Hospice and palliative care considerations
NPs may be faced with the question “How do I know if my patient is a candidate for palliative care or hospice?” when caring for patients with serious illnesses. Individuals with life-limiting illnesses are eligible for palliative care services that can be delivered in conjunction with disease-modifying therapy.2 Interdisciplinary palliative care teams vary in size and may include medicine, nursing, social work, and chaplaincy providers who have specialty training and may be credentialed or board-certified in palliative care.
Palliative care specialists assist in managing uncomfortable symptoms that significantly affect a patient's quality of life.2 These teams work in conjunction with the primary service, and although all clinicians can discuss goals of care and preferences for treatment, often this team addresses these issues.2 Outpatient palliative care clinics and home-based palliative care programs may be available in certain communities to provide assistance to individuals and families facing serious illnesses, but they are generally consultation services.13,22,23 Palliative care services are billed in the same manner as other specialty or consultation services. The billing is generally related to symptom management codes versus billing for primary diagnoses such as COPD or HF, which avoids potential duplicate billing if the patient receives services by the primary care or disease specialty practitioner on the same day.24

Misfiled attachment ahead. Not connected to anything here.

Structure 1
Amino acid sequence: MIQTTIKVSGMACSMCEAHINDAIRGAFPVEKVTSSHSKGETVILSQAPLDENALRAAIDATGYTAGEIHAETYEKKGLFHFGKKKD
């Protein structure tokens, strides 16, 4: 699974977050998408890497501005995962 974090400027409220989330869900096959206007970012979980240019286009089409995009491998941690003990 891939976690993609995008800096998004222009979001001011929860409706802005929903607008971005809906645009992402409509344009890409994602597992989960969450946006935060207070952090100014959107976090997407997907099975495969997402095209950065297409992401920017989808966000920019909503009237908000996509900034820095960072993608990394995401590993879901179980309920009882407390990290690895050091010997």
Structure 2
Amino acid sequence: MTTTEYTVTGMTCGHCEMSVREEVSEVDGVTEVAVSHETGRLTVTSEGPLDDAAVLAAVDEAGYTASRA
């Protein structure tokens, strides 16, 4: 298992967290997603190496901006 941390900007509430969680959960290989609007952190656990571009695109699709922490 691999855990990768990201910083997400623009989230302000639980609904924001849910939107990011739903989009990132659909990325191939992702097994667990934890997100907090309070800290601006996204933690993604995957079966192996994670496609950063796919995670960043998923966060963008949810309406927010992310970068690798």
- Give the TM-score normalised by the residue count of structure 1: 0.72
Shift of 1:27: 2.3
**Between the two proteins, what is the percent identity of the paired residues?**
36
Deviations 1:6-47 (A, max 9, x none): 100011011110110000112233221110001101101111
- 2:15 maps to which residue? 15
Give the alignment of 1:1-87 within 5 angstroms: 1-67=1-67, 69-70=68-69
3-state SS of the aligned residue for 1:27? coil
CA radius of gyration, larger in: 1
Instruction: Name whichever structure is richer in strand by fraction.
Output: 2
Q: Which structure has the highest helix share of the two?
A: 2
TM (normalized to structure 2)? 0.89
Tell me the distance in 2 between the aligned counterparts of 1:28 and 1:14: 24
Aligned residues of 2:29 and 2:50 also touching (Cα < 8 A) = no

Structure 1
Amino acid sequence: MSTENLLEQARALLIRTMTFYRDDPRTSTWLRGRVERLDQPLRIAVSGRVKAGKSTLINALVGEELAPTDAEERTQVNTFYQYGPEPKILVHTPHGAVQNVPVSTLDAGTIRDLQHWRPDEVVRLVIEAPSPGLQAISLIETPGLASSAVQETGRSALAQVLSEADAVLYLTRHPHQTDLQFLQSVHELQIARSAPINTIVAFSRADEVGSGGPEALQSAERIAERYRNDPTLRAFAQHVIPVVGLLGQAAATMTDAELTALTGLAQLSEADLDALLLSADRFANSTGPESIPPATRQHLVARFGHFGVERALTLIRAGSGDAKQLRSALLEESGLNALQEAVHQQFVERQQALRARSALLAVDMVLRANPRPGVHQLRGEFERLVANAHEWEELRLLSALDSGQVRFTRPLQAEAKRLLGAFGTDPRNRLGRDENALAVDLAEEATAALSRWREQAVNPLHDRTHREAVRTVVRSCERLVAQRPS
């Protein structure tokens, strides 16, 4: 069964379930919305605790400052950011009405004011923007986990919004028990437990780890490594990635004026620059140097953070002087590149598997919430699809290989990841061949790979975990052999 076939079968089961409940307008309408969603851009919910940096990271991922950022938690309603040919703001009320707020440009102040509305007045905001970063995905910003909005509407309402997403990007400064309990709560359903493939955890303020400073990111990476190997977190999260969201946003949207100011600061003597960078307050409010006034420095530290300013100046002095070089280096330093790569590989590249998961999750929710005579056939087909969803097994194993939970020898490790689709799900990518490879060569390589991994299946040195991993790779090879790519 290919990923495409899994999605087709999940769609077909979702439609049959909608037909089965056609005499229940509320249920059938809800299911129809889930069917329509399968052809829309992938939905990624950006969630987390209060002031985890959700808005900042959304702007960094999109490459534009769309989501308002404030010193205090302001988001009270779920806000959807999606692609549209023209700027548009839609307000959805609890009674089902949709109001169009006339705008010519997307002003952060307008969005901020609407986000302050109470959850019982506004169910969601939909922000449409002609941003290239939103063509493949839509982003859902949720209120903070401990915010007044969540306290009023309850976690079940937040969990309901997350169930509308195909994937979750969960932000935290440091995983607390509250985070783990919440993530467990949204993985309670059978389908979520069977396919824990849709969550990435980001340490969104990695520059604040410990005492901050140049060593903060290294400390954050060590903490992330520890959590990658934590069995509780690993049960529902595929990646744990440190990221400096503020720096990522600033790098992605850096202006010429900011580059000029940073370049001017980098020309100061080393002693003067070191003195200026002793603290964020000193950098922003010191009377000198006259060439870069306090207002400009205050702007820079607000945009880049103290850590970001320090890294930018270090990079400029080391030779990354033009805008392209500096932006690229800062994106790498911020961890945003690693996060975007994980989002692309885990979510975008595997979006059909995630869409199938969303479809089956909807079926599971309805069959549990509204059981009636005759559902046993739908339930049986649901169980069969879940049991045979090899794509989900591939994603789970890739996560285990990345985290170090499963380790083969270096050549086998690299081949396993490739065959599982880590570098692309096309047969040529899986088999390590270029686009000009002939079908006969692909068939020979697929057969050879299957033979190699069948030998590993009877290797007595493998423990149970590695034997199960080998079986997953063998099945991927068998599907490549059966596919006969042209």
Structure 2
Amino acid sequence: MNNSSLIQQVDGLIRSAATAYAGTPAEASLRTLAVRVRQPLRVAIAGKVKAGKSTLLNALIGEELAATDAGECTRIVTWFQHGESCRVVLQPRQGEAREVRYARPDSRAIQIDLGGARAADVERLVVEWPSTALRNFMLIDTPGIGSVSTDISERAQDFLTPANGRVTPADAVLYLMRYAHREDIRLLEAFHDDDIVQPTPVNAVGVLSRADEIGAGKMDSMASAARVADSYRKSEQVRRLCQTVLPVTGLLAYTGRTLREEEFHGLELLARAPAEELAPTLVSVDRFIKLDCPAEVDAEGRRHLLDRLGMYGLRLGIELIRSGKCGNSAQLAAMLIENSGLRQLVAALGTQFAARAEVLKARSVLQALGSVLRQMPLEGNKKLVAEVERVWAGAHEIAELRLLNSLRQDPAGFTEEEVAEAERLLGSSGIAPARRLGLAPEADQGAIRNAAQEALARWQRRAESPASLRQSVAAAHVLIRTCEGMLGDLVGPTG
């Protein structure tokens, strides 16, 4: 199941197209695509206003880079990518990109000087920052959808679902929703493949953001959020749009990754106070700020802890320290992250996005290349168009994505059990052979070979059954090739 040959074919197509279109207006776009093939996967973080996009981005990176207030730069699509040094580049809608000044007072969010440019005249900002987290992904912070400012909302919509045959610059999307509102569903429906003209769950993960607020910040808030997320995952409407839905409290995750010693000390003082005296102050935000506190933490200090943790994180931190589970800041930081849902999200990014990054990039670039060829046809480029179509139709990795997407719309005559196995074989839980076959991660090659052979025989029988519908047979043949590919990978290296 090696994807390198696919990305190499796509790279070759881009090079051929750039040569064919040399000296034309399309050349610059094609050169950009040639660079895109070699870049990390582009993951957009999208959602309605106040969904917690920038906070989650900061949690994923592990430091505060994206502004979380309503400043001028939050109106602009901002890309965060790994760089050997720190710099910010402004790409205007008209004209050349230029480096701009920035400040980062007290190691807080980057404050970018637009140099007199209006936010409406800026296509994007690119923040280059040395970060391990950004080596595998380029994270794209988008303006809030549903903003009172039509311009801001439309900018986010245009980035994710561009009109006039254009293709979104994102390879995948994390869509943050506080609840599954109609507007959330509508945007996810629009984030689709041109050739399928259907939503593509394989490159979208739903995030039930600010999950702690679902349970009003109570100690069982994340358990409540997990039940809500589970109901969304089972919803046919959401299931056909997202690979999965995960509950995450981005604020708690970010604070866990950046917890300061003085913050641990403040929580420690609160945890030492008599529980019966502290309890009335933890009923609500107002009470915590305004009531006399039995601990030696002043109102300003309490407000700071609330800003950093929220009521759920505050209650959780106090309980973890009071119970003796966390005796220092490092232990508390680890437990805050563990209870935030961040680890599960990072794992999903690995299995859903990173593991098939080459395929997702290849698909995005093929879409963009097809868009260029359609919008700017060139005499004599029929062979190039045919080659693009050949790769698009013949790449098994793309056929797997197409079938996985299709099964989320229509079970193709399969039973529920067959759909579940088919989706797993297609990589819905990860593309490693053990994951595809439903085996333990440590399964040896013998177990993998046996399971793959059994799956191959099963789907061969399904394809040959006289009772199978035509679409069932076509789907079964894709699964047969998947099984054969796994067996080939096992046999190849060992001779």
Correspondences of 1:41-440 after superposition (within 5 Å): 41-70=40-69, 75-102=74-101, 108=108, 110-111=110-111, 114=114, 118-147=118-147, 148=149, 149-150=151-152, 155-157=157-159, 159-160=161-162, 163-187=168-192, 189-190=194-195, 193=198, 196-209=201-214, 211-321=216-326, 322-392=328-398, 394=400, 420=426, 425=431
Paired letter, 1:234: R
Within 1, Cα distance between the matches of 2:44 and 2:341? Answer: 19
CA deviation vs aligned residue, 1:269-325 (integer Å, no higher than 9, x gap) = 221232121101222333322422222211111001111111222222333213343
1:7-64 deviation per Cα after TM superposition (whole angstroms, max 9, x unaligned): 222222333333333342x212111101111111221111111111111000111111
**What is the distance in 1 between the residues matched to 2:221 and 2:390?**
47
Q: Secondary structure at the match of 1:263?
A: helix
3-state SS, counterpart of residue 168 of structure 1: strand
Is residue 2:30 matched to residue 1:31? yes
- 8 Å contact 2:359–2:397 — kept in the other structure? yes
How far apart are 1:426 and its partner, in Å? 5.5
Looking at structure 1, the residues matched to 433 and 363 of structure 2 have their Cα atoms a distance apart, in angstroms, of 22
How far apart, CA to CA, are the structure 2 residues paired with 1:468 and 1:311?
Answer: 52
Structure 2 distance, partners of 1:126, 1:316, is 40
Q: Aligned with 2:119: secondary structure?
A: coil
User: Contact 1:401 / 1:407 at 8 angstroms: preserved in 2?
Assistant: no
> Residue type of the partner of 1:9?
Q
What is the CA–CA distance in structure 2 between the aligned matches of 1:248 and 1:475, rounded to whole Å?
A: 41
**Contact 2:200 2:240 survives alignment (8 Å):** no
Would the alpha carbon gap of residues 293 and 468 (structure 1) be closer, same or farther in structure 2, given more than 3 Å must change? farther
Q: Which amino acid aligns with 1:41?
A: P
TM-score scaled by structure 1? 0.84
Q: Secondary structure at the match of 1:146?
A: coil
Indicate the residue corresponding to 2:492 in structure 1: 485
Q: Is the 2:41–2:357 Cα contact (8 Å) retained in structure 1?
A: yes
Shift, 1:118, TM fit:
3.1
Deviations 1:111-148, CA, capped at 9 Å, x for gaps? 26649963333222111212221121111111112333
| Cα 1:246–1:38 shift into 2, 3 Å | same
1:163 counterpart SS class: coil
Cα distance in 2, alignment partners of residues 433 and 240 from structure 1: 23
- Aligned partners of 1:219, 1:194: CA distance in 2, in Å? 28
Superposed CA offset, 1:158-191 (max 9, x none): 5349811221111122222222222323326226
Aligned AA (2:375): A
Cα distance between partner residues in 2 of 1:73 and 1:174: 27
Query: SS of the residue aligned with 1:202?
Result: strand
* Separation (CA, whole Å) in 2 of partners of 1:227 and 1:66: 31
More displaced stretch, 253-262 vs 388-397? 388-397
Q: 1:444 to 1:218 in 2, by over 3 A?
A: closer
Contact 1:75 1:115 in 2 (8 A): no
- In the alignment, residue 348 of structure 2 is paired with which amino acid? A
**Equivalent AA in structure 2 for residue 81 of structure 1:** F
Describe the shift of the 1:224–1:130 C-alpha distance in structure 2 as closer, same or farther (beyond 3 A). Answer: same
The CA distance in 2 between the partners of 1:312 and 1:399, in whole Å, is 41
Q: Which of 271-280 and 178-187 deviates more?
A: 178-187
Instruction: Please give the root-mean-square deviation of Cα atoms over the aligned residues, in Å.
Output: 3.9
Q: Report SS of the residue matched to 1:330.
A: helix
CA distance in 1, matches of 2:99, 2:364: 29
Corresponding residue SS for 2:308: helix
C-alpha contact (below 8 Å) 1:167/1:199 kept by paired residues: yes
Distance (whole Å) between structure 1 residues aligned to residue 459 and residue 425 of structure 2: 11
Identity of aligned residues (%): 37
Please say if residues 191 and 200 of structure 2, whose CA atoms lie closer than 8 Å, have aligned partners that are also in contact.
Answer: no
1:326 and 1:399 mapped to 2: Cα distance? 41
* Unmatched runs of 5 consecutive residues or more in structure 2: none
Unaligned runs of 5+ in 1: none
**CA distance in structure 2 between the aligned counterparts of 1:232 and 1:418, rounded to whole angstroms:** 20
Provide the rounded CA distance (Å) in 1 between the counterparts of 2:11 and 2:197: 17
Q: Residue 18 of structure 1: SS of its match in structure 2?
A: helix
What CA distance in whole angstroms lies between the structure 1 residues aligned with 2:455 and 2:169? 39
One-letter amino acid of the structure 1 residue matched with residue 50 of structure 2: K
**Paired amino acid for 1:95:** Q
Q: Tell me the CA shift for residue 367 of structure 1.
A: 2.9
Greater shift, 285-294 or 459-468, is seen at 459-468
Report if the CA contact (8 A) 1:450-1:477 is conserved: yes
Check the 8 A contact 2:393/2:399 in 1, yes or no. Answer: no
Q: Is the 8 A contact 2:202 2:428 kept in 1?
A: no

Hospice eligibility may be easily determined when an individual has metastatic cancer, a declining functional status, and can no longer tolerate chemotherapy or other aggressive therapies.25 However, it may be more difficult to determine eligibility when the patient has a noncancer diagnosis with a variable and lingering course such as HF, COPD, or dementia.26-28 Referral to palliative care may be the most viable option when a patient is not in the final months of life but is experiencing worsening symptoms, wishes to pursue aggressive therapy, or refuses hospice enrollment. The patient may be faced with critical decisions regarding further options for care.2,3,13